- A3.1.1. Modeling, representation
- A3.4.4. Optimization and learning
- A3.4.5. Bayesian methods
- A6.1.1. Continuous Modeling (PDE, ODE)
- A6.1.2. Stochastic Modeling
- A6.1.4. Multiscale modeling
- A6.3.1. Inverse problems
- A6.3.3. Data processing
- A6.4.1. Deterministic control
- A6.4.3. Observability and Controlability
- B1.1.2. Molecular and cellular biology
- B1.1.7. Bioinformatics
- B1.1.8. Mathematical biology
- B1.1.10. Systems and synthetic biology
- B2.4.2. Drug resistance
- B5.10. Biotechnology
- B9.8. Reproducibility
1 Team members, visitors, external collaborators
- Grégory Batt [Team leader, Inria, Senior Researcher, HDR]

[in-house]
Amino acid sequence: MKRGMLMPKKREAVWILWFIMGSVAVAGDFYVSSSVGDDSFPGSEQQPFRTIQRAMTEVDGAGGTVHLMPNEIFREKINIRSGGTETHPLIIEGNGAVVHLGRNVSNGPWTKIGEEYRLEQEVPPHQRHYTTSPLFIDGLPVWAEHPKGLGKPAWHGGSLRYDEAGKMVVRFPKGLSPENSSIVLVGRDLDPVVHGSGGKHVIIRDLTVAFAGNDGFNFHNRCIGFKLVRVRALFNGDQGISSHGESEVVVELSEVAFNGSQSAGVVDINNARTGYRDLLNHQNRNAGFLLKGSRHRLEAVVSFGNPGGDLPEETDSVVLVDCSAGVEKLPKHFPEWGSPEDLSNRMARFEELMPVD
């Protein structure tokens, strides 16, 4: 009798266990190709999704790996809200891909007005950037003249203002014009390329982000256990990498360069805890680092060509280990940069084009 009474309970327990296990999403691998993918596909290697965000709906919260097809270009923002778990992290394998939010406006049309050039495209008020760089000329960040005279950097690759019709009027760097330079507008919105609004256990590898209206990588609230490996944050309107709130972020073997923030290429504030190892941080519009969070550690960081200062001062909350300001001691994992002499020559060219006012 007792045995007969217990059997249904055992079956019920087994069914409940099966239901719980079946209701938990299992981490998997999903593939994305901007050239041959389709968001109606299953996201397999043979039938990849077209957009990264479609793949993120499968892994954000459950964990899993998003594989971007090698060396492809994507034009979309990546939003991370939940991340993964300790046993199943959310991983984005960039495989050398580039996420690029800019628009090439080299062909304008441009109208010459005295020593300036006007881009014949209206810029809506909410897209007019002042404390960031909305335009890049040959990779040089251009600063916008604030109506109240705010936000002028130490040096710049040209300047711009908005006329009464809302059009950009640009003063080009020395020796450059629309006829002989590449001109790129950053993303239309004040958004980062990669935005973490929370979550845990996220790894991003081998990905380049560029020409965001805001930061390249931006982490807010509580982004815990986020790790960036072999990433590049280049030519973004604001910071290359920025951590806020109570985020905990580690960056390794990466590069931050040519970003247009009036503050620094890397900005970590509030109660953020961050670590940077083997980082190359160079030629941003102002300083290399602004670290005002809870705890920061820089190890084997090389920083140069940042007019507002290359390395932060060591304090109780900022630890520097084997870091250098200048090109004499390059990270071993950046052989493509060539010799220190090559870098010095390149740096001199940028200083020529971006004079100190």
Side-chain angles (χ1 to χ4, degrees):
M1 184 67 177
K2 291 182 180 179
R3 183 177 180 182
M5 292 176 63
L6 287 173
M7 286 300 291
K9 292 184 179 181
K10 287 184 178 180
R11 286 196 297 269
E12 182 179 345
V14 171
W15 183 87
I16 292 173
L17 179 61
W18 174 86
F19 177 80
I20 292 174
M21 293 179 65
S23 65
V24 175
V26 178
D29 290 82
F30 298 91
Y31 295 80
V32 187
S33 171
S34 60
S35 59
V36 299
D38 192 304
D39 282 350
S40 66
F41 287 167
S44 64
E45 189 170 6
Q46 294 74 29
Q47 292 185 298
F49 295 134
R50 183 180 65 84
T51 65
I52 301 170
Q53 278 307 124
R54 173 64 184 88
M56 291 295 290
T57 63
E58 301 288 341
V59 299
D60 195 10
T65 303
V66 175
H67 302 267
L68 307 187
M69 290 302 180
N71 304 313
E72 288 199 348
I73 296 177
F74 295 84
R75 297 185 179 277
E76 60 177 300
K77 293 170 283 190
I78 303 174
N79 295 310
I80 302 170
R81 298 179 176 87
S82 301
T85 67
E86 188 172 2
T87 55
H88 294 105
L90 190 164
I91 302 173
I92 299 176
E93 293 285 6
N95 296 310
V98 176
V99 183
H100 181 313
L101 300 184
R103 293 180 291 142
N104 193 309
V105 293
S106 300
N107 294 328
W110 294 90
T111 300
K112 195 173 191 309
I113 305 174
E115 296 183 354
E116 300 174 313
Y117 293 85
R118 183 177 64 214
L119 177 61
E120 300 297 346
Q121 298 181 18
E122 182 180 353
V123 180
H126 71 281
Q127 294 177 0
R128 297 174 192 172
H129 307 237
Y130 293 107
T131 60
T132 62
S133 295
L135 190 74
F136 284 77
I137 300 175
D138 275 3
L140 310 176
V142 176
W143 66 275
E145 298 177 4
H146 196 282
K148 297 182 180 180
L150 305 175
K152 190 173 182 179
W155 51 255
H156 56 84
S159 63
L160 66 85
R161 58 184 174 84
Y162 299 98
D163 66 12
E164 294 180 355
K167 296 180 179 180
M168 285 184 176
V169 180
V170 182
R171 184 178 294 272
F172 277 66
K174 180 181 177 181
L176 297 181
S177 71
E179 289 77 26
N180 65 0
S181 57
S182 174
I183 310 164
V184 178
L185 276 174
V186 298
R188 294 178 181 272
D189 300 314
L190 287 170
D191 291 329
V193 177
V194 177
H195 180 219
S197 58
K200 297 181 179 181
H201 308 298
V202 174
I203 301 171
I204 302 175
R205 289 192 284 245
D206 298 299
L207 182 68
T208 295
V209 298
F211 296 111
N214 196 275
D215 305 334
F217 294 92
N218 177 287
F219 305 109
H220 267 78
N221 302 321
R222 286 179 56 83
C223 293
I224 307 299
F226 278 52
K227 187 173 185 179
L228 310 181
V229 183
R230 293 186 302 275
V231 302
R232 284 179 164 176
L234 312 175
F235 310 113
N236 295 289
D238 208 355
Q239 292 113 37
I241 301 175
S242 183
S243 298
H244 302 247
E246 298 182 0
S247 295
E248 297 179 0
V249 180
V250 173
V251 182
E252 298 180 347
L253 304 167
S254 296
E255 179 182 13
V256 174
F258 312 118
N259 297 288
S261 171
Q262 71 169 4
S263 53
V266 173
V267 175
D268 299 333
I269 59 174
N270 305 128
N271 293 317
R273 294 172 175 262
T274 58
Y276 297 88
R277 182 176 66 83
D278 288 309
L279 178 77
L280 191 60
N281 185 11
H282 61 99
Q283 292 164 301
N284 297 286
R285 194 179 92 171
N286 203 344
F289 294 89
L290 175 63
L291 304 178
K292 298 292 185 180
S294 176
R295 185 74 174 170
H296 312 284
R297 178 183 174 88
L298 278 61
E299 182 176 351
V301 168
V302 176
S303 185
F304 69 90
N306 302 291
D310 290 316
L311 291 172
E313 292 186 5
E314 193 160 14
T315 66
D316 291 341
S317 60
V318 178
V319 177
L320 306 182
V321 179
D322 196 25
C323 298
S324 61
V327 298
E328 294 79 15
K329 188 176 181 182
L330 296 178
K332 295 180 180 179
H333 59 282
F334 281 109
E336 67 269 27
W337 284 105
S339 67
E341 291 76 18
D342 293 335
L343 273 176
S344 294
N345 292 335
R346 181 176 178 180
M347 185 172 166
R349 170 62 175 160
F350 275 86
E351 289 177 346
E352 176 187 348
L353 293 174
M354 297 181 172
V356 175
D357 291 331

- Jakob Ruess [Inria, Researcher]
- Virgile Andreani [Institut Pasteur, from Dec 2020]
- Olivier Borkowski [Inria]
- Zachary Fox [Inria, until Oct 2020]
- Davin Lunz [Inria, joint affiliataion with Commands Team]
- Chetan Aditya [Inria]
- Virgile Andreani [Inria and Institut Pasteur, until Nov 2020]
- Arthur Carcano [Université de Paris]
- Viktoriia Gross [Institut Pasteur, from Oct 2020]
- Sebastian Ramon Sosa Carrillo [Inria]
- François Bertaux [Institut Pasteur, Engineer, Permanent Staff]
- Steven Fletcher [Institut Pasteur, Engineer, until Aug 2020]
- Achille Fraisse [Institut Pasteur, Engineer, from Sep 2020]
- Lorenzo Pasotti [Università degli Studi di Pavia, Jan 2020 and Jul - Aug 2020, Assistant Professor]
2 Overall objectives
The main objective of our research is to understand, control, and optimize cellular processes in single cells and at the population level. We combine experimental and theoretical work within a single team.